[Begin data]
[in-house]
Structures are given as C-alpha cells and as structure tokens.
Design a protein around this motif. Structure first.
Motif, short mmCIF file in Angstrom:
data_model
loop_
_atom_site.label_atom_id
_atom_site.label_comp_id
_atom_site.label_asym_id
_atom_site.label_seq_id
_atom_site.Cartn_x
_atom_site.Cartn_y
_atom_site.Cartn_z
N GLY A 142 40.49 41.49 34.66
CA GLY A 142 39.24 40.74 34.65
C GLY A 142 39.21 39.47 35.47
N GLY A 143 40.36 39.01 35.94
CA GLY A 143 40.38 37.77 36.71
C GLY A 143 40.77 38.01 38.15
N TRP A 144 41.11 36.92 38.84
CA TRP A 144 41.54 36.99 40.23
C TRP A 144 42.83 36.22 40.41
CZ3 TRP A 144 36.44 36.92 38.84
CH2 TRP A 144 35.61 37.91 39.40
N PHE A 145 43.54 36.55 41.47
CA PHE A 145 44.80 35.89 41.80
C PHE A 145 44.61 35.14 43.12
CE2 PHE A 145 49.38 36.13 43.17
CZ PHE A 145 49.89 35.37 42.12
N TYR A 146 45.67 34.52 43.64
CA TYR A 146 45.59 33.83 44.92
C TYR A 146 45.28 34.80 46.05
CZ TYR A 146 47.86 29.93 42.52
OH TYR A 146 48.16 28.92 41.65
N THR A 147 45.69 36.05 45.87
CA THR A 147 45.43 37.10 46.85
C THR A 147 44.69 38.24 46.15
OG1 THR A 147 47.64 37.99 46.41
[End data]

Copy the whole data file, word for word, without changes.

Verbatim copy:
[in-house]
Structures are given as C-alpha cells and as structure tokens.
Design a protein around this motif. Structure first.
Motif, short mmCIF file in Angstrom:
data_model
loop_
_atom_site.label_atom_id
_atom_site.label_comp_id
_atom_site.label_asym_id
_atom_site.label_seq_id
_atom_site.Cartn_x
_atom_site.Cartn_y
_atom_site.Cartn_z
N GLY A 142 40.49 41.49 34.66
CA GLY A 142 39.24 40.74 34.65
C GLY A 142 39.21 39.47 35.47
N GLY A 143 40.36 39.01 35.94
CA GLY A 143 40.38 37.77 36.71
C GLY A 143 40.77 38.01 38.15
N TRP A 144 41.11 36.92 38.84
CA TRP A 144 41.54 36.99 40.23
C TRP A 144 42.83 36.22 40.41
CZ3 TRP A 144 36.44 36.92 38.84
CH2 TRP A 144 35.61 37.91 39.40
N PHE A 145 43.54 36.55 41.47
CA PHE A 145 44.80 35.89 41.80
C PHE A 145 44.61 35.14 43.12
CE2 PHE A 145 49.38 36.13 43.17
CZ PHE A 145 49.89 35.37 42.12
N TYR A 146 45.67 34.52 43.64
CA TYR A 146 45.59 33.83 44.92
C TYR A 146 45.28 34.80 46.05
CZ TYR A 146 47.86 29.93 42.52
OH TYR A 146 48.16 28.92 41.65
N THR A 147 45.69 36.05 45.87
CA THR A 147 45.43 37.10 46.85
C THR A 147 44.69 38.24 46.15
OG1 THR A 147 47.64 37.99 46.41